Taylor always swore it had been perhaps her career “high point”, despite it being filmed in the middle of the most tempestuous period of an often-turbulent life.
But, even if she had considered a career break amid her grief, there was no way she could take her foot off the gas. Todd had left her with major debts, the real reason for her swift return to work.
She said that becoming Maggie the Cat was the only time she could properly function in the days after Mike’s death.
Suddenly, Last Summer, released on December 22, 1959, was anything but a feelgood Christmas movie.
Liz played Catherine Holly, a young girl being assessed for a possible lobotomy as her mind fell apart after her cousin died in questionable circumstances.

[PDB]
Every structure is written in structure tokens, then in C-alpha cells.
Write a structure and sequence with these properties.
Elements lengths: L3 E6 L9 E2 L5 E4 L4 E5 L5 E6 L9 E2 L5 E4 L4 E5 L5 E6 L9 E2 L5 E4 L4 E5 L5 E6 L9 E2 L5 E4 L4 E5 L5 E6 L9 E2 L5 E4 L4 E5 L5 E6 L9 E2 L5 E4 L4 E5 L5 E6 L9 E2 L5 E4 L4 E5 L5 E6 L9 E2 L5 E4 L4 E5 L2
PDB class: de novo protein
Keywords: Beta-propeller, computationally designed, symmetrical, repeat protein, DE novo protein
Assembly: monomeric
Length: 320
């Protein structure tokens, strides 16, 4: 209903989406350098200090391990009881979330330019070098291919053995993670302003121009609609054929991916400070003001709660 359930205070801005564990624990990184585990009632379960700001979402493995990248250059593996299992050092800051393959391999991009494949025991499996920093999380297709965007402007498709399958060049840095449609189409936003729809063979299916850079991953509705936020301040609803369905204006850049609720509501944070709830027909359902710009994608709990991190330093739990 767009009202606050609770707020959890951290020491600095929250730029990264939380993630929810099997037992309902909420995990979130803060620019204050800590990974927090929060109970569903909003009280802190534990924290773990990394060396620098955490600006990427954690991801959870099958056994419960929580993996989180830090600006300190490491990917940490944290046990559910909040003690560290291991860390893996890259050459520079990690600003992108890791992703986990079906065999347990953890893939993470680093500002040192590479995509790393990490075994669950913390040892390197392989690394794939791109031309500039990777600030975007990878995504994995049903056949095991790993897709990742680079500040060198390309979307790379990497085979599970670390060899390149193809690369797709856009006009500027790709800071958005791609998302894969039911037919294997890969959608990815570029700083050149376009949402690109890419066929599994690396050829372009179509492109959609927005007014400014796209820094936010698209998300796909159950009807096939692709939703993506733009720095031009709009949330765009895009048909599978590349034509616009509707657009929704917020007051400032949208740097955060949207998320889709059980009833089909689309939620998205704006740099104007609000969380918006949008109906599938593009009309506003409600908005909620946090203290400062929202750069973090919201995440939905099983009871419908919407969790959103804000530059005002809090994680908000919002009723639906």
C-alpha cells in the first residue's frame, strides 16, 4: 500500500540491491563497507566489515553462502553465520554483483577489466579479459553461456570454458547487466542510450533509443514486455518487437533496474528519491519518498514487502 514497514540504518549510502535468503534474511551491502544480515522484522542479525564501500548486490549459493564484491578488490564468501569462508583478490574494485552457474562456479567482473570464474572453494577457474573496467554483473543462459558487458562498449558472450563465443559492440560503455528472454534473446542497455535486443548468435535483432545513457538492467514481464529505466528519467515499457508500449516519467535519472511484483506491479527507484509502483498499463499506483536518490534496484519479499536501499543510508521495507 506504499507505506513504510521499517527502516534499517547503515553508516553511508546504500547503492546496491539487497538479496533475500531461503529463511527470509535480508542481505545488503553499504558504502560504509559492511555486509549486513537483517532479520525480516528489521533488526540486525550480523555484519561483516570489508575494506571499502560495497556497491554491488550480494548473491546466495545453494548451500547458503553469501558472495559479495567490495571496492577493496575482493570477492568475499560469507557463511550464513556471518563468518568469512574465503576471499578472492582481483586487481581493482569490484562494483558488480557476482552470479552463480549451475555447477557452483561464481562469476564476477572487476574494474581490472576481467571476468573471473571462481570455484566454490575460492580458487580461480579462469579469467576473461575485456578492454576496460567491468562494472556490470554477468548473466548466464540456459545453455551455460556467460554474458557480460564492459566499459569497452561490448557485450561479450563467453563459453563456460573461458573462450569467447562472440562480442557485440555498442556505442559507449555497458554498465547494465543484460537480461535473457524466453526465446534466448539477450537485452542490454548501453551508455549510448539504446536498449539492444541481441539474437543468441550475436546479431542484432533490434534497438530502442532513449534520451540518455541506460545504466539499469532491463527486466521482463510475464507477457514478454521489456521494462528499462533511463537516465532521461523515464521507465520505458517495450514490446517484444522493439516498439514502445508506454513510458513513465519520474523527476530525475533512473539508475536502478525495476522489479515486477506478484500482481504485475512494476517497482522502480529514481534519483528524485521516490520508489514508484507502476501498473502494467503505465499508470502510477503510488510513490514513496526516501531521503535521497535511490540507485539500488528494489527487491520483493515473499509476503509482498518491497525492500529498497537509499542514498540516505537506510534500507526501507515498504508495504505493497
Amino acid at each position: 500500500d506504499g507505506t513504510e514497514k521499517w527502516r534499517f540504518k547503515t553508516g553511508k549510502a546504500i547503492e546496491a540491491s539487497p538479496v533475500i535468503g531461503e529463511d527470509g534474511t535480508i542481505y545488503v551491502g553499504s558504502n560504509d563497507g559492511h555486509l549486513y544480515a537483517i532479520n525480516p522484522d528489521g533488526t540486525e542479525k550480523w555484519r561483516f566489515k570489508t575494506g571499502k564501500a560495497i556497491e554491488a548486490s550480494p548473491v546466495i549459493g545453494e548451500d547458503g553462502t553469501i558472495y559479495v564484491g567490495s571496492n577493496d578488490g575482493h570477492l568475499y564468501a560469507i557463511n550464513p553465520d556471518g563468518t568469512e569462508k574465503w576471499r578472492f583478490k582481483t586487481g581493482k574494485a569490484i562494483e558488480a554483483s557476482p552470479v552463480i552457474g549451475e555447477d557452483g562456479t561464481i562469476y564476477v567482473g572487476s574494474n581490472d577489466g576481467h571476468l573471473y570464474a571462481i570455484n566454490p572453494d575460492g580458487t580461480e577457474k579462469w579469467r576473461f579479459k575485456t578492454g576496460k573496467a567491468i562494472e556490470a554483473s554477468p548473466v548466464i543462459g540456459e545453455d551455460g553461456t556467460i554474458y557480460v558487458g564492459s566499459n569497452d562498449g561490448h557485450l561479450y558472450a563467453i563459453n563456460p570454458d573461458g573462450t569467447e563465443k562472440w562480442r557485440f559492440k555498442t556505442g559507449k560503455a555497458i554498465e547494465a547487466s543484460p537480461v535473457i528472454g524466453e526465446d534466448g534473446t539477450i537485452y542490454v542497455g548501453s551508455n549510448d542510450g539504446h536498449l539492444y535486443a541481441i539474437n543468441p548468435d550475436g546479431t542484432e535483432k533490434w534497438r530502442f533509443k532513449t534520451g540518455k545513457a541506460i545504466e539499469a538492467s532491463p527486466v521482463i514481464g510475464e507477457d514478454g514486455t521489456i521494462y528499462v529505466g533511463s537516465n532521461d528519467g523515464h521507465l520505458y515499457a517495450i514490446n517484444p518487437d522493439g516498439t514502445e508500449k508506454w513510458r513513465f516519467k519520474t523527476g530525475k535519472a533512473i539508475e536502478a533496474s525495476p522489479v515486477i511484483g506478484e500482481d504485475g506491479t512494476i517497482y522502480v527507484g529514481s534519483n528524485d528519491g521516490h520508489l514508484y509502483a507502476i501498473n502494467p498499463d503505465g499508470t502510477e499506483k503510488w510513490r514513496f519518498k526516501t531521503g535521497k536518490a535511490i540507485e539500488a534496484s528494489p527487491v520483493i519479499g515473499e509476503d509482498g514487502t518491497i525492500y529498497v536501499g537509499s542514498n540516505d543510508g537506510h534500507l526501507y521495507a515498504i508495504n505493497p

Again written by Tennessee Williams, with Gore Vidal helping on the screenplay, it was clear they had found Taylor’s speciality – emotional and passionate scenes, starring a woman going through dreadful crises.
Nobody did that kind of drama queen thing better than Liz Taylor in her prime! She got her Golden Globe with another remarkable performance, and Katharine Hepburn and Montgomery Clift – another co-star fated, like James Dean, to die tragically young – provided great support.
The mother of Sebastian, the dead cousin, is determined to get the circumstances of his death covered up, and tries to bribe hospital chiefs to help her.
She will fund a new wing for the hospital if they can get surgeon Dr John Cukrowicz, played by Clift, to give Catherine a lobotomy.
When the surgeon gives her a truth serum, she gradually remembers the dreadful facts, and the bizarre ending genuinely shocked many viewers.